Digital Matte Painting Essentials 3: Tone
Illustration by John Hersey

Examining the dark sides of rounded surfaces


From:

Digital Matte Painting Essentials 3: Tone

with David Mattingly

Video: Examining the dark sides of rounded surfaces

Next we're going to add the dark sides to the towers and domes. This is very much like how the light side was done, only we're doing it on the dark side layer that is set to multiply. Select the dark side layer, make sure your background color is still set to that middle gray that we used before And then load the towers one layer, hide it. Let's start this out with the gradient tool. Holding down the Shift key to keep the gradient vertical and dragging to the right, go through and give each tower a couple of passes with the gradient to build up the tone.

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Watch the Online Video Course Digital Matte Painting Essentials 3: Tone
1h 18m Beginner Sep 19, 2013

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After you've perfected your perspective drawing, the next step in the matte painting process is to layer in tone: the master tool in the matte artist's arsenal for establishing a fully formed structure. David Mattingly, a matte artist for many groundbreaking motion pictures, takes a black-and-white drawing and shows how to use the five elements of light—dark sides, light sides, cores, cast shadows, and final darks— to paint the surfaces and create a realistically shaded environment in Adobe Photoshop.

This course is part 3 in David's Digital Matte Painting Essentials series. Go back to part 2 to recreate the castle drawing he uses in this course, or if you simply want to learn more about form, you can use the example provided in the exercise files.

Topics include:
  • Selecting the silhouette
  • Find the dark sides and light sides in the drawing
  • Using mask-holding layers
  • Examining the light and dark sides of rounded surfaces
  • Looking at the cores
  • Adding cast shadows
  • Separating surfaces with final darks
  • Adding ambient occlusion
Subjects:
3D + Animation Design
Software:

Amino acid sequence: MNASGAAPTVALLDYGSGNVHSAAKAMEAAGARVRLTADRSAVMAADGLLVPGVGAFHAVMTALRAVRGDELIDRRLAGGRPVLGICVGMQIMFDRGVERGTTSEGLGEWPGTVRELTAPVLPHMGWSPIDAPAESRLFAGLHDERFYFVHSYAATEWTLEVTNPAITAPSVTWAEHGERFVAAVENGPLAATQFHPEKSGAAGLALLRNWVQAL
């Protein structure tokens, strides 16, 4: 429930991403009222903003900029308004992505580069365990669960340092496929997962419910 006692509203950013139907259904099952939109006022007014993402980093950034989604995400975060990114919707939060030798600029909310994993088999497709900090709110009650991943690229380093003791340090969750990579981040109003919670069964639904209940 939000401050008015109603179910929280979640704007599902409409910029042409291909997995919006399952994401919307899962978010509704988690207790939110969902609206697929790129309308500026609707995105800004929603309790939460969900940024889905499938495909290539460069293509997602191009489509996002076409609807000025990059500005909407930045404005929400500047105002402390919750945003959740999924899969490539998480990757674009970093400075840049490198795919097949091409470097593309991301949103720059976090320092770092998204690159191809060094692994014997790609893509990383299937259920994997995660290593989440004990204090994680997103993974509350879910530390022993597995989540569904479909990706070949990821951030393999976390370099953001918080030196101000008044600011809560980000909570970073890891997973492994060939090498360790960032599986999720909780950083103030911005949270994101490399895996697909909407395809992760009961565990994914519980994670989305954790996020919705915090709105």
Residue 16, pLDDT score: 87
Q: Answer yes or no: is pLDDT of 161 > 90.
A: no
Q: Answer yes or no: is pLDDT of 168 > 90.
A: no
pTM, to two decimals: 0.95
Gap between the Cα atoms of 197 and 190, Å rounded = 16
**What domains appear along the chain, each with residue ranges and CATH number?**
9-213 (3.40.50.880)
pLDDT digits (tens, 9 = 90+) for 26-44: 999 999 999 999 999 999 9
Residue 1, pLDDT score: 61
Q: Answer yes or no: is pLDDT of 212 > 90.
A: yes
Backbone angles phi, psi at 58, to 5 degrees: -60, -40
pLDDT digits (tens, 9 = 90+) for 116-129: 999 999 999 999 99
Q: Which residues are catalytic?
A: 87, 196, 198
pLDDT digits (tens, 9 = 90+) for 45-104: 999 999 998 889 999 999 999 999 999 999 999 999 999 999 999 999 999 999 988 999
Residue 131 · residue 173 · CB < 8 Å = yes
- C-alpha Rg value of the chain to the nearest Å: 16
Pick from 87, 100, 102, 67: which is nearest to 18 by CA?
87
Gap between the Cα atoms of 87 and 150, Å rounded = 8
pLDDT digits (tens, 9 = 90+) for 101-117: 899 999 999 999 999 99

Photoshop
Author:
David Mattingly

Examining the dark sides of rounded surfaces

Next we're going to add the dark sides to the towers and domes. This is very much like how the light side was done, only we're doing it on the dark side layer that is set to multiply. Select the dark side layer, make sure your background color is still set to that middle gray that we used before And then load the towers one layer, hide it. Let's start this out with the gradient tool. Holding down the Shift key to keep the gradient vertical and dragging to the right, go through and give each tower a couple of passes with the gradient to build up the tone.

You can hide and unhide the selection. Command or Ctrl+H. To remind yourself what towers are selected. You'll need three or four swipes on each tower to build it up. Like on the light side the gradient tool won't do it all. You'll need to select the brush and making it smaller go in and do the finer details on the tower tops.

Now let's load in towers two in details. Then, hide the selection so you can see what you're doing. I'm doing these other towers directly with the brush. The gradiant works great as a starting point but you can do it either way. Then the backs of these little flame holders. These little detail points on the dome still need a dark side.

I'm going to zoom in closer so I can see what I'm doing. Finally we need to load in the dome and side towers. With a big soft brush do the base of the dome Then reduce the size of the brush and brush in the fine upper parts. And that completes the dark side on the towers and domes.

In the next lesson, we'll add cores, a dark transition area between the light and dark sides on rounded surfaces.

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